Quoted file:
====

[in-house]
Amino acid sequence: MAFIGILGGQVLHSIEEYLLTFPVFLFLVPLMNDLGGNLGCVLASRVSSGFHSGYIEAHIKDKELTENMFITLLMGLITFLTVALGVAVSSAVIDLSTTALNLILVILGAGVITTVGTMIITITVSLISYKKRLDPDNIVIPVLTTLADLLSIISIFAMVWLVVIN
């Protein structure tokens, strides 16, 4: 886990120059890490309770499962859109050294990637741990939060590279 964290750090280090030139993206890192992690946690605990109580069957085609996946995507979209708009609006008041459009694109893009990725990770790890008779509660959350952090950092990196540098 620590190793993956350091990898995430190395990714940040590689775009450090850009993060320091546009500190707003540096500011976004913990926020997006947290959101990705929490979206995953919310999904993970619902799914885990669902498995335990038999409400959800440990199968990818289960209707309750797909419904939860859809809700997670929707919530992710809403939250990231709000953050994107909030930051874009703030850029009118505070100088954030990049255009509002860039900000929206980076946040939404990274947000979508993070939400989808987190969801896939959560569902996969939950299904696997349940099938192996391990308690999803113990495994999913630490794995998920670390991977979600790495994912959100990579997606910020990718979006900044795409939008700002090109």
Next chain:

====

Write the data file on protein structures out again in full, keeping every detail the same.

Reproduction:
[in-house]
Amino acid sequence: MAFIGILGGQVLHSIEEYLLTFPVFLFLVPLMNDLGGNLGCVLASRVSSGFHSGYIEAHIKDKELTENMFITLLMGLITFLTVALGVAVSSAVIDLSTTALNLILVILGAGVITTVGTMIITITVSLISYKKRLDPDNIVIPVLTTLADLLSIISIFAMVWLVVIN
């Protein structure tokens, strides 16, 4: 886990120059890490309770499962859109050294990637741990939060590279 964290750090280090030139993206890192992690946690605990109580069957085609996946995507979209708009609006008041459009694109893009990725990770790890008779509660959350952090950092990196540098 620590190793993956350091990898995430190395990714940040590689775009450090850009993060320091546009500190707003540096500011976004913990926020997006947290959101990705929490979206995953919310999904993970619902799914885990669902498995335990038999409400959800440990199968990818289960209707309750797909419904939860859809809700997670929707919530992710809403939250990231709000953050994107909030930051874009703030850029009118505070100088954030990049255009509002860039900000929206980076946040939404990274947000979508993070939400989808987190969801896939959560569902996969939950299904696997349940099938192996391990308690999803113990495994999913630490794995998920670390991977979600790495994912959100990579997606910020990718979006900044795409939008700002090109």
Next chain: